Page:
The race in racism is nothing but a symbol now, but since most people still assume that racism means hating black people, rather than questioning government power, it helps to have a half-black man around as a symbol of why abuses of government power are justified for the greater good of race relations.

Most people, black and white, don’t understand the switch that has been pulled on them or that the racism being talked about is not the kind that involves a white man hitting a black man, but a debate over unlimited political power between two political parties, both of whom have at one time eroded the “States” part and emphasized the “United” part with a variety of justifications, among them that of treating black people as wards of the Federal government.

Racism accusations are delivered by white people speaking on behalf of black people and black people speaking on behalf of white people for an agenda that is not about race, but about power and wealth. These accusations have become increasingly ludicrous as they have become disconnected from actual racism and even from race.

On MSNBC, Lawrence O’Donnell insisted that “golfer” is a racial stereotype and Chris Matthews dubbed “Chicago” a racial codeword. Besides the obvious display of hackery, the search for codewords is a sign of how abstract racism has become. Racism is no longer a slur or a stereotype of a black man, but any criticism directed at a Democrat who happens to be black.

The decline of racism and the unholy union of race and government have turned it into a wholly abstract thing that means nothing at all. The language of racism no longer has a coherent grammar. Racial accusations are everywhere, but they no longer mean anything because they have lost even their most tenuous connections to race. The national grammar of race has shifted and while liberals talk incessantly about race, they have nothing to actually say about it.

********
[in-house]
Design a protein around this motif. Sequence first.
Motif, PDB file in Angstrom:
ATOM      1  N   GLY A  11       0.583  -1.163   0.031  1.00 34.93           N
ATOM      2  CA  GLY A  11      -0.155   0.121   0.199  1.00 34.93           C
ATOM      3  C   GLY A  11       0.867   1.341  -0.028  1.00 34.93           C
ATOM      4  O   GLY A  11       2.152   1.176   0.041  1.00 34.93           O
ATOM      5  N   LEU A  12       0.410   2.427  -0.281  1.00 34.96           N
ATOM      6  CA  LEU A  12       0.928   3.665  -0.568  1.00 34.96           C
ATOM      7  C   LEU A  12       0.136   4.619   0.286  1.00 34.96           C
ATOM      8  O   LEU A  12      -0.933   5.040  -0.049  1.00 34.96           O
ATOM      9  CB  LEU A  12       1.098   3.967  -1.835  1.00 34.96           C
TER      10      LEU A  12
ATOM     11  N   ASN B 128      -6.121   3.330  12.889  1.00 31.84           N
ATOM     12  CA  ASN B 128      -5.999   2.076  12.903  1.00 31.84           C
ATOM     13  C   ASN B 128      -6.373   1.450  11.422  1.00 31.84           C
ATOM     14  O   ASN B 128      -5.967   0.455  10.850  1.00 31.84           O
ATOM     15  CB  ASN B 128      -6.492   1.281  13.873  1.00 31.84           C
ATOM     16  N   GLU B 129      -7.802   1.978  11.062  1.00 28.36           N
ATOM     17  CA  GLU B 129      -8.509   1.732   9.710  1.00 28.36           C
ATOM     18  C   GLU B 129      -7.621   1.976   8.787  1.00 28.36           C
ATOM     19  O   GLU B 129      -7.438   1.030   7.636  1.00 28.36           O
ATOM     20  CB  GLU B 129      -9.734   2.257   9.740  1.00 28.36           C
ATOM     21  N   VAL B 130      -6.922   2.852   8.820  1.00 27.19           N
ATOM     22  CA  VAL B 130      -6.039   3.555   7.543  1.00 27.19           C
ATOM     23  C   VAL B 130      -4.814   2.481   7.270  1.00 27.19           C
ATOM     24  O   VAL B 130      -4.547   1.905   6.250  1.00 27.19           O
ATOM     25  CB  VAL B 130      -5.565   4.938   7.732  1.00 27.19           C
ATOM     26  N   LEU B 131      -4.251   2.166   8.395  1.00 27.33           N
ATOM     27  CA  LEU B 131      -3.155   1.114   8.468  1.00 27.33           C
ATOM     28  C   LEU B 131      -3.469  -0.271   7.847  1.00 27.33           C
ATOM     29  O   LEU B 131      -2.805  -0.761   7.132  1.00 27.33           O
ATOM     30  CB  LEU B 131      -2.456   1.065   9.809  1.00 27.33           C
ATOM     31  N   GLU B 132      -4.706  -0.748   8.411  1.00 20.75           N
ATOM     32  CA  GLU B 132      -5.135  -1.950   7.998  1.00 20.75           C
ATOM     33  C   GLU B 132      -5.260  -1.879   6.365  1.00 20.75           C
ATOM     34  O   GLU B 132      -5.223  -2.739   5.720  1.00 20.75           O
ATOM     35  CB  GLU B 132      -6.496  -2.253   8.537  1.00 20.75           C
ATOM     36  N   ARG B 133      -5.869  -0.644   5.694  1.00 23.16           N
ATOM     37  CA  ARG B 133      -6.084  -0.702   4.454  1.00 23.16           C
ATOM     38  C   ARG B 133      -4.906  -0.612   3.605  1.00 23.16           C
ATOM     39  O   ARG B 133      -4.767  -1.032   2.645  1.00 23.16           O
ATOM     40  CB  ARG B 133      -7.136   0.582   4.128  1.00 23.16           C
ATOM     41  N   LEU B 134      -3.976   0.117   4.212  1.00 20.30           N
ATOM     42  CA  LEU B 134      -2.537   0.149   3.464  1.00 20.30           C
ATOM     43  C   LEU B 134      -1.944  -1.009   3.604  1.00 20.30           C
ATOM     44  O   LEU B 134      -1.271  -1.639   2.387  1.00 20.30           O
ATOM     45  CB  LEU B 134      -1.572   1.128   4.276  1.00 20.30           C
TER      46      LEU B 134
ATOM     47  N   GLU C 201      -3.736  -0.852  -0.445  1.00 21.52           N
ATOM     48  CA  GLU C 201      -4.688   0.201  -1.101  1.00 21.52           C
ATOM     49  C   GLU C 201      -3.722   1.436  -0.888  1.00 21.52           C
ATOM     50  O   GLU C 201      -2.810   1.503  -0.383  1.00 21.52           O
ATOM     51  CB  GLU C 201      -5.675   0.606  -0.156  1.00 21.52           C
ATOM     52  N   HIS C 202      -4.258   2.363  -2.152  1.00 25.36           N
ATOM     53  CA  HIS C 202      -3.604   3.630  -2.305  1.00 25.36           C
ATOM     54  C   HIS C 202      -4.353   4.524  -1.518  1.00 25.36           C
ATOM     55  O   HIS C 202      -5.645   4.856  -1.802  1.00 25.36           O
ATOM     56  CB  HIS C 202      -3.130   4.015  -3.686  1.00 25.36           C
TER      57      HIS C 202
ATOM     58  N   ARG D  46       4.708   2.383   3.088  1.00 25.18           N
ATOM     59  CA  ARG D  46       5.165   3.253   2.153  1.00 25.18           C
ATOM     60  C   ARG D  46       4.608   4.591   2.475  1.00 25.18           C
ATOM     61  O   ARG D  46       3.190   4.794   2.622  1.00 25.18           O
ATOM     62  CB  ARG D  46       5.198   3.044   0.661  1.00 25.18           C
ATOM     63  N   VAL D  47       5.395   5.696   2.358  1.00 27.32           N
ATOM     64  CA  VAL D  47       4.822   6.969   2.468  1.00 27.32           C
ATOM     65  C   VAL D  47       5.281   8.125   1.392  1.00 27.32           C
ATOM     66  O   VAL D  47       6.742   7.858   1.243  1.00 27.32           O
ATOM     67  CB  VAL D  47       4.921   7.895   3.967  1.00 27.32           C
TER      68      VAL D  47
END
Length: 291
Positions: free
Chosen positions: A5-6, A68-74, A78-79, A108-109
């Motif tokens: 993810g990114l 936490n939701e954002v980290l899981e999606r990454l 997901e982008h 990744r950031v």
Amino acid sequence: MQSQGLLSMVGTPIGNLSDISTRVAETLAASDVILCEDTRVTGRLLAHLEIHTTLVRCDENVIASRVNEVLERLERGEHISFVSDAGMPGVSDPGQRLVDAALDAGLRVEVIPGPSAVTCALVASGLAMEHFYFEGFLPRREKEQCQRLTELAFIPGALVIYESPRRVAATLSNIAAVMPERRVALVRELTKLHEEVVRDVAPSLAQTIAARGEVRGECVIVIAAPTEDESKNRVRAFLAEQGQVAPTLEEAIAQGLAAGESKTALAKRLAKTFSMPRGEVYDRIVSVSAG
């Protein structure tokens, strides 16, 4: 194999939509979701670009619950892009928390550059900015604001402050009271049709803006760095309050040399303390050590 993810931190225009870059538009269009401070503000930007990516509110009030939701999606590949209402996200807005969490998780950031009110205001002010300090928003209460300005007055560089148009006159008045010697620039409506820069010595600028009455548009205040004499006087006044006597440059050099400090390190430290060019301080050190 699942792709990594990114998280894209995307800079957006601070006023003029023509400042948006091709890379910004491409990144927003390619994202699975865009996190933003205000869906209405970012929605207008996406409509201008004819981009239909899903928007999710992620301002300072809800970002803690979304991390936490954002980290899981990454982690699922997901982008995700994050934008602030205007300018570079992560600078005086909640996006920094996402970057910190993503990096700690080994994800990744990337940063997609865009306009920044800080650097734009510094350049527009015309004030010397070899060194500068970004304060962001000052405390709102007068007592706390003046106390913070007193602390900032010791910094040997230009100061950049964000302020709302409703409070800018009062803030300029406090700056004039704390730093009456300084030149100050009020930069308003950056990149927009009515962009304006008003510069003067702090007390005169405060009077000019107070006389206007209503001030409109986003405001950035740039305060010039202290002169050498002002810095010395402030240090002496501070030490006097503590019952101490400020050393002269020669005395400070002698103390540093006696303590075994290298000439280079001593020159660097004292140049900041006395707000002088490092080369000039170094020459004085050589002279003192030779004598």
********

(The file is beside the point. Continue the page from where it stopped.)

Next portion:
Racism was never really about race, it was about power. It was about power when slave votes and slave labor were being used to shift the balance of power. And it is about power when black votes and accusations of racism are used to shift the balance of power. And in one of history’s great ironies, the same Party was responsible for both sets of actions. The ideology, whether that of the permanent racial inferiority of black people of yesterday’s Democratic Party or the permanent social inferiority of black people in today’s Democratic Party, was and is just the clothing that the naked emperor wears on his power trips.

Racism still endures in the nooks and crannies of the country, but it isn’t the kind of racism that’s talked about in the news. It’s the unextraordinary and unexceptional bigotry of small petty men, of any color and creed, who practice their small mean-spirited acts outside the law. This is not the political racism that we talk about as a national phenomenon. That political racism is not about a man being beaten outside a bar, it’s about the power of the bar’s lawyers to wield unlimited authority in the name of a problem that can never go away, no matter how abstract it becomes, because they have turned it into the source of their power.

Real racism is slowly dying out, but political racism can never go away. Instead it is rediscovered in ordinary words, in “Golfer” and in “Chicago.” The more it declines, the more it emerges everywhere in dogwhistles and hidden codes that become more and more abstract until no one can find it anymore.

Daniel Greenfield, a Shillman Journalism Fellow at the Freedom Center, is a New York writer focusing on radical Islam. He is completing a book on the international challenges America faces in the 21st century.